Breast cancer cell replication can be blocked by a drug used to prevent organ transplant rejection, according to a study conducted by scientists at the University of Michigan Comprehensive Cancer Center.
For the study, Max S. Wicha, MD, distinguished professor of oncology and director of the U-M Comprehensive Cancer Center, and colleagues identified a receptor on cancer stem cells which, in response to inflammation and tissue damage, triggered growth of stem cells. Additionally, the research team reported that repertaxin, a drug used to prevent rejection after organ transplant, not only blocked the receptor that triggered cell growth, but also killed breast cancer stem cells and prevented cell metastasis in the mice that they studied.
“Developing treatments to effectively target the cancer stem cell population is essential for improving outcomes. This work suggests a new strategy to target cancer stem cells that can be readily translated into the clinic,” Dr Wicha noted.
The results revealed that mice treated with repertaxin or the combination of repertaxin and chemotherapy had dramatically fewer cancer stem cells than those treated with chemotherapy alone. Furthermore, repertaxin-treated mice developed significantly fewer metastases than mice treated with chemotherapy alone.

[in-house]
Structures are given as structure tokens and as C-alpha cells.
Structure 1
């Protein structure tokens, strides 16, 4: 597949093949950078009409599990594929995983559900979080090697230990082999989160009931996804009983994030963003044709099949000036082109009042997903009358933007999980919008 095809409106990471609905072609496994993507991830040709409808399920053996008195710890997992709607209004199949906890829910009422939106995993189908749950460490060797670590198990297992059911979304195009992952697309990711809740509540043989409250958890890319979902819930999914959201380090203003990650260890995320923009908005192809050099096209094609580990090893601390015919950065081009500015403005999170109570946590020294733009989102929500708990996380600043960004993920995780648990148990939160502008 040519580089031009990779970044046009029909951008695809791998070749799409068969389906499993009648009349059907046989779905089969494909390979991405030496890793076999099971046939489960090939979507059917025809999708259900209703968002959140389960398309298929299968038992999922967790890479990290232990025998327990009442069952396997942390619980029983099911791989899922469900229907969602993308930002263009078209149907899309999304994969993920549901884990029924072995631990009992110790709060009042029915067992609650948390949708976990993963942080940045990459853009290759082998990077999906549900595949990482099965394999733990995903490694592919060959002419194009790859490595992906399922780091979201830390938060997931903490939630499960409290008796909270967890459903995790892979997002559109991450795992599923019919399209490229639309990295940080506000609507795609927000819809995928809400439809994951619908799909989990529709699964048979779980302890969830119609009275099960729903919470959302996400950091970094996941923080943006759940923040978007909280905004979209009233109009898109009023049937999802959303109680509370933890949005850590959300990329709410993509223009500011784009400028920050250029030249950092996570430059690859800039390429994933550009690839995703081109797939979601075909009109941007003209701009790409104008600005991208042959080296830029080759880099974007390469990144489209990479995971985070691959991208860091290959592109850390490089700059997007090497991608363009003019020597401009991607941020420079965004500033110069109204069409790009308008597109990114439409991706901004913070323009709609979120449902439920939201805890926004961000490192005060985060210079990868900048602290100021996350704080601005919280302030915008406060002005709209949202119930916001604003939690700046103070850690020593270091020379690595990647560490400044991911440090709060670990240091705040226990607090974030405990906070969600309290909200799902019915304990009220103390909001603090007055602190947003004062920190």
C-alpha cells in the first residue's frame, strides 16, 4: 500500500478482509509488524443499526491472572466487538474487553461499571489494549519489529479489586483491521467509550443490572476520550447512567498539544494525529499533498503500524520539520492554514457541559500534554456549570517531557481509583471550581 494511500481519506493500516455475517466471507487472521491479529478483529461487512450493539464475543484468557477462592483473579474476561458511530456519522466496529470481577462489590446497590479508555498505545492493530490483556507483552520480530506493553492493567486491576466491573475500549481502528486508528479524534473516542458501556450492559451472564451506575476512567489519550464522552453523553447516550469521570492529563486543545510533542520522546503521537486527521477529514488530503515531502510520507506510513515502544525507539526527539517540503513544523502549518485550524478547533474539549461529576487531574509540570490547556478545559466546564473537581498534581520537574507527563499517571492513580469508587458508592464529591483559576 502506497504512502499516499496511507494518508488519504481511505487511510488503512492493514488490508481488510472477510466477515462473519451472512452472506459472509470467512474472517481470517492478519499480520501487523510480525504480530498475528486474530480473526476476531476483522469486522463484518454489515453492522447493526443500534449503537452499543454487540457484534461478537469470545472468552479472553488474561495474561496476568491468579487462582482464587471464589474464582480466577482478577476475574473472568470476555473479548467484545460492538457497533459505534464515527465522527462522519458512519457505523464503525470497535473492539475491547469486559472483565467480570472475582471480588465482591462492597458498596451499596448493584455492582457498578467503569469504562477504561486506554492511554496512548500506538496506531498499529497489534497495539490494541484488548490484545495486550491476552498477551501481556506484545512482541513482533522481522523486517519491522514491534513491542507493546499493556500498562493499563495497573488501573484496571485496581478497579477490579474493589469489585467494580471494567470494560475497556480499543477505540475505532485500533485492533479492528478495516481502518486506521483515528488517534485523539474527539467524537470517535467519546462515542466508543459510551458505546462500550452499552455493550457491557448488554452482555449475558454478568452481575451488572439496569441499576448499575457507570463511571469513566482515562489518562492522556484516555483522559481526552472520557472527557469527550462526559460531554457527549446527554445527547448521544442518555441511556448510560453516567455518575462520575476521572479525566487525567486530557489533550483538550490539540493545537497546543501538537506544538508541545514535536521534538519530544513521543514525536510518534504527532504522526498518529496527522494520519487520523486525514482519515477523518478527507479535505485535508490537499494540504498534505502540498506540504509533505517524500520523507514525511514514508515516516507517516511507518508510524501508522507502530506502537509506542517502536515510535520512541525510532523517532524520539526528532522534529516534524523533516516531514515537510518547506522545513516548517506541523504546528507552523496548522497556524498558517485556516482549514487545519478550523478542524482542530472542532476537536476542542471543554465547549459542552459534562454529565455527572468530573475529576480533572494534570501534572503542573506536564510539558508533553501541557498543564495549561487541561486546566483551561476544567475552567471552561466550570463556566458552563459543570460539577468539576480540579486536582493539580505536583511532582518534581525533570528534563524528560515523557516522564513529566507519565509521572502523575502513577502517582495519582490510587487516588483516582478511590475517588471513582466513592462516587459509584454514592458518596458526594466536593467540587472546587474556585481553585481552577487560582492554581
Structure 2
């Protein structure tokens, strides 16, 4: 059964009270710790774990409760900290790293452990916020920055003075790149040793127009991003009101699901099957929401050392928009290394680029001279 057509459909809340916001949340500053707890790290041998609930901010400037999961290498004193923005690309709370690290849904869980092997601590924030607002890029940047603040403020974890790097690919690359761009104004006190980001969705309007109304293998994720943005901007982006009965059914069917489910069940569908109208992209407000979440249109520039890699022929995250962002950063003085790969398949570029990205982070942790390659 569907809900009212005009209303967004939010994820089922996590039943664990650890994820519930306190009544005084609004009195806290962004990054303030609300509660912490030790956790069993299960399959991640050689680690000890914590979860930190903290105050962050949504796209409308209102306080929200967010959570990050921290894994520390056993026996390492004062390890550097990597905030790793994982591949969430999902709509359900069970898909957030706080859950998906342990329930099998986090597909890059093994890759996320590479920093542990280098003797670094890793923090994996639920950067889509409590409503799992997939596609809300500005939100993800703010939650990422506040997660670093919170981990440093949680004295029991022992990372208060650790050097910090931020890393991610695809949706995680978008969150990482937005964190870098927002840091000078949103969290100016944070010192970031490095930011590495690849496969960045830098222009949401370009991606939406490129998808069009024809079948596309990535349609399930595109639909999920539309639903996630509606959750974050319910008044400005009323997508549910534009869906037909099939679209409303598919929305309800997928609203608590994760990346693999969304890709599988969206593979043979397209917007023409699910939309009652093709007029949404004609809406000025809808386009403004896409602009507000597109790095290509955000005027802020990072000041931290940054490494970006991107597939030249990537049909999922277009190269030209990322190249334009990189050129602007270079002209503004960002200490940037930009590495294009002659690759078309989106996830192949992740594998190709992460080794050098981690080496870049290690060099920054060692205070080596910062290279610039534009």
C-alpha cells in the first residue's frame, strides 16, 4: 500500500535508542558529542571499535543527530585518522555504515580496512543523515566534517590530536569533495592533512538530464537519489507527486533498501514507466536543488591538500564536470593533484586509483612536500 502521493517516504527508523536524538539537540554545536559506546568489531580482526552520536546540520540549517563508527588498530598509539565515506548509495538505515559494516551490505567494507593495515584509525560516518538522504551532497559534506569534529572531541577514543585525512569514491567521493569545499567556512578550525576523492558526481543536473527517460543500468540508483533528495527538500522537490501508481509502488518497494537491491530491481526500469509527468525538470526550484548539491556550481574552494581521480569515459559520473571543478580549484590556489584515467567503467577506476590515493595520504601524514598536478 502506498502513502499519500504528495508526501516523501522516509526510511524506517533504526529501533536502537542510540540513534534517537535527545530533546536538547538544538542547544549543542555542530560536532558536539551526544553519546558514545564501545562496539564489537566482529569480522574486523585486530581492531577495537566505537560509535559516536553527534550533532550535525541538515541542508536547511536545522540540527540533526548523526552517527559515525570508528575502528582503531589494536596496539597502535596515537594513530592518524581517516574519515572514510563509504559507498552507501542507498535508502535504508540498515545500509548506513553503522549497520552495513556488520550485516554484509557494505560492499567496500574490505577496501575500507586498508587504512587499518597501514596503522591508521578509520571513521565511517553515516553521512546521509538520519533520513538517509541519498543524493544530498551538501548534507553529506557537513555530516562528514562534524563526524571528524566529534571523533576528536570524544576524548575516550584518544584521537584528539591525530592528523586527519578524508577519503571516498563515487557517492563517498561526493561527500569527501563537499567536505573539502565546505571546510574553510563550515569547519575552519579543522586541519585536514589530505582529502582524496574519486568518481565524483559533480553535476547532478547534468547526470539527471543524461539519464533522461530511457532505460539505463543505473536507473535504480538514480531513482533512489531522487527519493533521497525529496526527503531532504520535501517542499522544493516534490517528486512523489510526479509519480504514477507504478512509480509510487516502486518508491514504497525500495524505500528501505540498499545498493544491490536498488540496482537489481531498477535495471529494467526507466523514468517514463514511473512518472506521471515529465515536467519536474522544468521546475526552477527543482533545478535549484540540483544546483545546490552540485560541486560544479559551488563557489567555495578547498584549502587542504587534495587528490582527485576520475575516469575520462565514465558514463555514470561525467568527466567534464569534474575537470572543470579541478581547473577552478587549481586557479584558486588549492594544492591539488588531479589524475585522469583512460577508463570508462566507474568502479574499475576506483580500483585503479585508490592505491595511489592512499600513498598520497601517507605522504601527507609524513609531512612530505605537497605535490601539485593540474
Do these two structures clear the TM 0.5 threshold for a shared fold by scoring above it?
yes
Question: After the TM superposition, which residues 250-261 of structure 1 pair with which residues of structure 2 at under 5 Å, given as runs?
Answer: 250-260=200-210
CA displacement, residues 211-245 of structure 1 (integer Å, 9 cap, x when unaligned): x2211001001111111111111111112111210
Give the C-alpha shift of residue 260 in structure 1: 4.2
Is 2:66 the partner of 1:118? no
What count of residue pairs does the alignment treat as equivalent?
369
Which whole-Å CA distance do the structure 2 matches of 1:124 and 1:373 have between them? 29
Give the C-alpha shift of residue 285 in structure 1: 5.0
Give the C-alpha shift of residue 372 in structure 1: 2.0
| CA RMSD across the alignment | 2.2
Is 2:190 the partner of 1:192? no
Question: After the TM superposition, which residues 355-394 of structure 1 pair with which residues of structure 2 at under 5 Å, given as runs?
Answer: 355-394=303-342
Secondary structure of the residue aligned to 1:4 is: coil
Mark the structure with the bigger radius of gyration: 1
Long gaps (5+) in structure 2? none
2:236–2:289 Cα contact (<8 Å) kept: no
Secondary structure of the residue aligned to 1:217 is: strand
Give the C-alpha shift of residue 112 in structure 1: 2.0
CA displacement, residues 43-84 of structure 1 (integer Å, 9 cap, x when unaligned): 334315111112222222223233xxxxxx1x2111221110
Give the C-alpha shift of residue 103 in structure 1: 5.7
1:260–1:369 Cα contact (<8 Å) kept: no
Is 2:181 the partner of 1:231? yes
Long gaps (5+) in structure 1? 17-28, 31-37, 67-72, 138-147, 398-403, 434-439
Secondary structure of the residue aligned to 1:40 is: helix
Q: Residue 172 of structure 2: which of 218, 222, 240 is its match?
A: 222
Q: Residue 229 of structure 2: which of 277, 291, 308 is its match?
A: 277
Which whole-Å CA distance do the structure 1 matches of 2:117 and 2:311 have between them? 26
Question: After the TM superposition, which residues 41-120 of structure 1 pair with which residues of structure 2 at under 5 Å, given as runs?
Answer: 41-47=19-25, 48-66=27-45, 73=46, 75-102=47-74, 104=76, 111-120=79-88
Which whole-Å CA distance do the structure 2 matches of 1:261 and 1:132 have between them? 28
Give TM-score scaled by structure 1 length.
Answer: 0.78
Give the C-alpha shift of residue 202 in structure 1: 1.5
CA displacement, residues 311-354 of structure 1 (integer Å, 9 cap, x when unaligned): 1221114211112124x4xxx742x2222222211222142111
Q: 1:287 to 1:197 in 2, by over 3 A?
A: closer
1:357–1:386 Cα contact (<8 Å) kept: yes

“These studies suggest that important links between inflammation, tissue damage, and breast cancer may be mediated by cancer stem cells. Furthermore, anti-inflammatory drugs such as repertaxin may provide a means of blocking these interactions, thereby targeting breast cancer stem cells,” Dr Wicha concluded.
The study’s findings were published in the Journal of Clinical Investigation (Epub ahead of print).